Opinion

Innovation for Accessibility – Not Innovation’s Sake

Hearing loss is often associated with the elderly. Upon mention of hearing aids, many conjure images of their grandparent or a senior citizen fumbling with a bulky, flesh-colored medical device. While this is the stereotype, the reality is that people of all ages and backgrounds can be affected by hearing loss in varying degrees.

The Centers for Disease Control and Prevention classifies hearing loss as the third most common chronic physical condition in the United States — more prevalent than both diabetes or cancer. Hearing loss affects more than 500 million people worldwide as well who experience it in some degree, and the World Health Organization estimates that 360 million people — 5 percent of the global population — have hearing loss classified as disabling.

The inability to hear can not only be frustrating, it can also cause individuals to feel alienated from their community, friends, and even their family. Untreated hearing loss has also been found to contribute to social isolation, depression, and even lower household incomes.

Much like hearing loss, misconceptions around hearing health technology also abound. While many still associate hearing health with bulky or unattractive devices, the truth is that there are many sleek and modern solutions that leverage the latest technologies to bring people with hearing loss unprecedented sound quality and control over their ability to hear.

With a seemingly endless chain of devices being launched every day, it is important that we recognize those that provide a true benefit through innovation. The hearing health industry is a great example for how technology and innovation can be leveraged to deliver improved accessibility for people who need it.

I had the great pleasure of demonstrating my company’s “smart” hearing aids at the inaugural FCC Innovations Expo in Washington D.C., on Oct. 23. In its first year, the expo provided an opportunity for the Federal Communications Commission to highlight technological progress that specifically advances accessibility and strives to showcase how the connected health revolution can benefit everyone.

As an audiologist, I know how important it is for hearing aid users to have access to the most advanced sound processing technology. Luckily, the hearing health industry is constantly developing new devices that fit comfortably, offer advanced streaming capabilities similar to a Bluetooth headset, and allow users to control their settings through an app, all while providing exceptional sound quality.

One of our industry’s newest devices even allows users to request and download adjustments to their hearing aids from the comfort of their home through their mobile device. This was developed in response to shifting consumer desire to be more involved in their health care, and reflects a push toward making people’s lives more convenient, especially if they have limited mobility, live a distance from their hearing care provider, or have trouble making appointments.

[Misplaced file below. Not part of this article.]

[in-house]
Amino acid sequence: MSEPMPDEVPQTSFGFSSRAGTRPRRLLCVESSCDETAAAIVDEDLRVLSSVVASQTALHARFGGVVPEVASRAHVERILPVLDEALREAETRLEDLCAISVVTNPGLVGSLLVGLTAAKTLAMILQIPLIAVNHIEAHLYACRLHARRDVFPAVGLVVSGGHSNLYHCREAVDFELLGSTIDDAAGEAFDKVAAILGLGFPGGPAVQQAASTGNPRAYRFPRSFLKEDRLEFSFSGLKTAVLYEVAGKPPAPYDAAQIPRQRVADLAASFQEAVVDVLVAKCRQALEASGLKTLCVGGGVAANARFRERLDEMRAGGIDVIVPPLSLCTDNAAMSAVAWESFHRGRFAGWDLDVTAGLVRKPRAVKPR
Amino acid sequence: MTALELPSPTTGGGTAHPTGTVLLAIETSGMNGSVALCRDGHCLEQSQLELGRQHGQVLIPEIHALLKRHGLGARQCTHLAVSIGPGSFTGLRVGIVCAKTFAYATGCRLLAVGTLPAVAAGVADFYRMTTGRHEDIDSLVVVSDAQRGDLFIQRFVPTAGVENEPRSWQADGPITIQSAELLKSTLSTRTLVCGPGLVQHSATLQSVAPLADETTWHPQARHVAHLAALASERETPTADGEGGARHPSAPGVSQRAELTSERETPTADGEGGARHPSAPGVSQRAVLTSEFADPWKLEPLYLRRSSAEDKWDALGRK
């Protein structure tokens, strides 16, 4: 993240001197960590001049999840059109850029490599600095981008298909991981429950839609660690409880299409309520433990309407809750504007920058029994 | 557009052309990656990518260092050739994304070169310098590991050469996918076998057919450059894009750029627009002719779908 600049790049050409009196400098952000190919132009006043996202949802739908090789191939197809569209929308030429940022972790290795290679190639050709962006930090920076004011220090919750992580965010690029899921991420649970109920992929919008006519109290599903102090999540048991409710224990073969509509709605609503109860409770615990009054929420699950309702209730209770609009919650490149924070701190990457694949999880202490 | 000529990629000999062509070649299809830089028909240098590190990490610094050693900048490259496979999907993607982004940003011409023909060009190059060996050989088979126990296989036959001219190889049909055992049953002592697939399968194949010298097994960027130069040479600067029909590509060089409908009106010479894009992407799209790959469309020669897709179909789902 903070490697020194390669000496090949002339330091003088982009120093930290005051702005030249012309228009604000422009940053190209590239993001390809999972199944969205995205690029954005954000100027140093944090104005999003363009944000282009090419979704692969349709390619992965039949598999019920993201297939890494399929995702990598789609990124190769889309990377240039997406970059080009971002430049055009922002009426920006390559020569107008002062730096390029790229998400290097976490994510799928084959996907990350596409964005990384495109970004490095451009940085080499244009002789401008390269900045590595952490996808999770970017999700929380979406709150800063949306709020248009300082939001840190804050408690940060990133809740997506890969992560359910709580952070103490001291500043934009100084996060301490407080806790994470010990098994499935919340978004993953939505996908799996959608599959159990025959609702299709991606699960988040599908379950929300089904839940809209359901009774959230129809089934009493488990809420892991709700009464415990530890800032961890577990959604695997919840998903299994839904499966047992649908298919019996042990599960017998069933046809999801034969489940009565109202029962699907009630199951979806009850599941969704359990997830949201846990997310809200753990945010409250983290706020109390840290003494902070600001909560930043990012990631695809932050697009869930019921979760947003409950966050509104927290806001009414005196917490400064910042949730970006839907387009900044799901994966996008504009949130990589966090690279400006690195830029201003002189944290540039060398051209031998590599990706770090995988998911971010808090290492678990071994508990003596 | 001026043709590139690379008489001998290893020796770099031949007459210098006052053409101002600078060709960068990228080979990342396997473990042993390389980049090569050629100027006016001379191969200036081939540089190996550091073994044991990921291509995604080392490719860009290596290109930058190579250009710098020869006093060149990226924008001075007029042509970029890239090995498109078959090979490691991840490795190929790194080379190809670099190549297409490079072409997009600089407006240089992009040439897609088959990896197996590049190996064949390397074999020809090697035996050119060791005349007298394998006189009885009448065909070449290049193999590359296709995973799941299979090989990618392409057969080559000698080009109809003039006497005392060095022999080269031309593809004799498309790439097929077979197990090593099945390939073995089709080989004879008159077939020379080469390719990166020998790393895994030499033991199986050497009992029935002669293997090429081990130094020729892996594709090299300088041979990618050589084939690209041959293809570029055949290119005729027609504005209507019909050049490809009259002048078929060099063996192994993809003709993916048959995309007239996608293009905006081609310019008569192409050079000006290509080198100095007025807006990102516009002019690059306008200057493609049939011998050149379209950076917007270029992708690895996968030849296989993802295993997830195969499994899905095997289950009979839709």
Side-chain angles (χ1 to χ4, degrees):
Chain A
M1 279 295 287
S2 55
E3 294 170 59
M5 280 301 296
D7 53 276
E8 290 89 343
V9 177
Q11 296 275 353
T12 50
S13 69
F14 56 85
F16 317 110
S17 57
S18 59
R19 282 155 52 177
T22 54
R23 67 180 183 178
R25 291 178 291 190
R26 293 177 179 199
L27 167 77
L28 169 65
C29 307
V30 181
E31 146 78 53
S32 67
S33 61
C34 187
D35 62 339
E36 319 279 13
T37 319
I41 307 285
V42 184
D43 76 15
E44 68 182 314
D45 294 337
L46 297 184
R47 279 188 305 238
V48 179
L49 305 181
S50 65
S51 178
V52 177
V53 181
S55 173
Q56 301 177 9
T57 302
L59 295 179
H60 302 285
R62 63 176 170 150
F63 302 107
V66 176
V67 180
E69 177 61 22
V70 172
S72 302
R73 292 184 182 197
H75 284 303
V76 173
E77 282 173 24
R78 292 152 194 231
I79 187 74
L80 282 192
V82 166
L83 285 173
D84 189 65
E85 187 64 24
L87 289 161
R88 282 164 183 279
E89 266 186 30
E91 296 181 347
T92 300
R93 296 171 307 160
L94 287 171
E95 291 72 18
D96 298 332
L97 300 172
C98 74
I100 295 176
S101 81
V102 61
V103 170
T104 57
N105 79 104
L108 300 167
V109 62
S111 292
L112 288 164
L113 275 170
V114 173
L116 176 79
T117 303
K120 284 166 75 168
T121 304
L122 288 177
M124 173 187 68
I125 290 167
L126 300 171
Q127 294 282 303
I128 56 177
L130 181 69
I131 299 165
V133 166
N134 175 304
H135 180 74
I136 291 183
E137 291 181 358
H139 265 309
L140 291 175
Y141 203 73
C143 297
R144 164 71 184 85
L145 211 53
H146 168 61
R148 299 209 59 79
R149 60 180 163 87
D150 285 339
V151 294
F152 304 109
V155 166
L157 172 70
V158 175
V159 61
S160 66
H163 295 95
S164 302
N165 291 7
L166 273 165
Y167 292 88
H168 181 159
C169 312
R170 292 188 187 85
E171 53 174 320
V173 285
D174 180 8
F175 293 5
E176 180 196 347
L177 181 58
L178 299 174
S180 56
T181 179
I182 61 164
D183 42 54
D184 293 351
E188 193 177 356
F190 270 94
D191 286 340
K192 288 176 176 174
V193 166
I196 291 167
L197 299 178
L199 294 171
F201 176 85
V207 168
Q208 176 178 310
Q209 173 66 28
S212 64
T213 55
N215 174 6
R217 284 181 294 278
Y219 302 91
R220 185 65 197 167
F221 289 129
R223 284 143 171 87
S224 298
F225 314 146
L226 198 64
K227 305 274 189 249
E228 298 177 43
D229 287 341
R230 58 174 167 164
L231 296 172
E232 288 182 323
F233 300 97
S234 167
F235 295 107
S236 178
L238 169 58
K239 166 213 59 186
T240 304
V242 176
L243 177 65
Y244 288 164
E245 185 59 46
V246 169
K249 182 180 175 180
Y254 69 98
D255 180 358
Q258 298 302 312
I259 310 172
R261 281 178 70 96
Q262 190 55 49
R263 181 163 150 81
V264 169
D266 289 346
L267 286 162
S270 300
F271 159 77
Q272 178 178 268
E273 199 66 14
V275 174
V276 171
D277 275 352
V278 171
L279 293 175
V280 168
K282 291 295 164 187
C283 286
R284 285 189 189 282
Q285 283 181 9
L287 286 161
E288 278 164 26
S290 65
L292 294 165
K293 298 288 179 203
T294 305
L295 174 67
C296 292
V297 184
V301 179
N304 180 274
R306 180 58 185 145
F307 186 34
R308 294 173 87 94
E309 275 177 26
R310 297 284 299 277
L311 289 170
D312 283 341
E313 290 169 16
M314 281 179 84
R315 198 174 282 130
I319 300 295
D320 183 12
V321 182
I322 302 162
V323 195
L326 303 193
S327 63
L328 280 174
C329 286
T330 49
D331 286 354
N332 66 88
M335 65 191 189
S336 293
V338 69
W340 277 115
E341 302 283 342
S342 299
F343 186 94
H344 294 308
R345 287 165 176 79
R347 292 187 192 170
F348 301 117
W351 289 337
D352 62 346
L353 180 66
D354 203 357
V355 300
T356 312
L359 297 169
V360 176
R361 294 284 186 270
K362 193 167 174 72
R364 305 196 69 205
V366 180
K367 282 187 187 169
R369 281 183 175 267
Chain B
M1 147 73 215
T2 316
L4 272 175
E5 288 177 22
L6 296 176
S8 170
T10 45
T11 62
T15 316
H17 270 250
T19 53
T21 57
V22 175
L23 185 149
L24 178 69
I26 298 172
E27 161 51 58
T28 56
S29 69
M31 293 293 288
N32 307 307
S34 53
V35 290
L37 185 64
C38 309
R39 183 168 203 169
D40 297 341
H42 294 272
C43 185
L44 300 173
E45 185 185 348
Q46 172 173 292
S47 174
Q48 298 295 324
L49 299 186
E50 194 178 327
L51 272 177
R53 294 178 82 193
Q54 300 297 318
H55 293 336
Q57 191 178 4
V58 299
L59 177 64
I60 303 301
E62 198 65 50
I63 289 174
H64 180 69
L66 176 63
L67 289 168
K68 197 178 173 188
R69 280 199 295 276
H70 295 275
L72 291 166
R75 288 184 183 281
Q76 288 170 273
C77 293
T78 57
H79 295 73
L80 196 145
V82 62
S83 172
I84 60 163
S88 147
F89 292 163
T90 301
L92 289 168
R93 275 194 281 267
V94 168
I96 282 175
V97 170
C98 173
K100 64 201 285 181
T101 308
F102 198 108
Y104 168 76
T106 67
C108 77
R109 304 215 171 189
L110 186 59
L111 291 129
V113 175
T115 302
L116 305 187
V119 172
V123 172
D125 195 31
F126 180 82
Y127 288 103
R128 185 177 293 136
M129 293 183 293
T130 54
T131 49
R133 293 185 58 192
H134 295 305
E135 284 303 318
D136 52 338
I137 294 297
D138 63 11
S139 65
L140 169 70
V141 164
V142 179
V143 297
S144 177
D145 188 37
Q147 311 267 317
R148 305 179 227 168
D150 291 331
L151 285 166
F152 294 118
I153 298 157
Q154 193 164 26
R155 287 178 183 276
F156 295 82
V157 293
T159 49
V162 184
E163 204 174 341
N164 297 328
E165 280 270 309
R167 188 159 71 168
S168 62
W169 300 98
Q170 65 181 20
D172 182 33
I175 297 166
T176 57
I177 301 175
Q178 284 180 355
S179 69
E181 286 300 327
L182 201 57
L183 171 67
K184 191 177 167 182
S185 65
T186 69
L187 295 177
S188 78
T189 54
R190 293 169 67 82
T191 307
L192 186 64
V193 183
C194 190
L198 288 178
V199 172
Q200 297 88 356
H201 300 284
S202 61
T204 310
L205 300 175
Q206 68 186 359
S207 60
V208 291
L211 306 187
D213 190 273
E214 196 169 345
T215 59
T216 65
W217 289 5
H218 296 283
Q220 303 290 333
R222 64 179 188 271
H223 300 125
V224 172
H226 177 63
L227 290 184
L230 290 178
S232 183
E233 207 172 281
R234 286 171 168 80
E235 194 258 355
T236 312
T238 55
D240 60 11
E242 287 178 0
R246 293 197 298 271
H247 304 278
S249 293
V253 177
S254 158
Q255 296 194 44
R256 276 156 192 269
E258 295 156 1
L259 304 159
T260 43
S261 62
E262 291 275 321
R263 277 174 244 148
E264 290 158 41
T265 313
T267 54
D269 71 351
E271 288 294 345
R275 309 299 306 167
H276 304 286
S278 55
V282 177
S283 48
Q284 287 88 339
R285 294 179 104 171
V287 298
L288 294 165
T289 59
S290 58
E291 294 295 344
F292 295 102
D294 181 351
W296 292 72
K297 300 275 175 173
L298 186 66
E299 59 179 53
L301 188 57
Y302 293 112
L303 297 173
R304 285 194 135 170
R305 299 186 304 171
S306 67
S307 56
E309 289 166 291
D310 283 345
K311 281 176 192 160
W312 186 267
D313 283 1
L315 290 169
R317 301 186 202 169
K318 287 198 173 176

Although these technologies are available to help people manage their hearing loss, too many still leave it undiagnosed or untreated. Unfortunately, maintaining good hearing health is not something that most people spend much time thinking about. We understand the importance of visiting a dentist regularly and having our yearly checkup, but few take specific steps to preserve and protect their hearing. While the Hearing Health Foundation has stressed the importance of early detection, and encourages people of all ages not to neglect their hearing health many are still hesitant to pursue the help they need.

Encouraging the use and development of innovations that promote accessibility can help bridge the latent perception gap and compel people to take steps to address their needs. While I wouldn’t expect the public to regard a breakthrough hearing aid with the same excitement as the latest iPhone, celebrating certain advancements would achieve a two-fold goal: challenging misconceptions about the design and capabilities of modern hearing aids and encouraging individuals with hearing loss to take necessary steps to address their needs.

We audiologists want all our patients to live the fullest lives possible, and promoting innovations that improve accessibility will help achieve that mission. I commend the FCC for celebrating the latest advancements in accessibility, and encourage other people and organizations to follow suit.

 

Dr. Dave Fabry is the vice president of Global Medical Affairs for GN Hearing.

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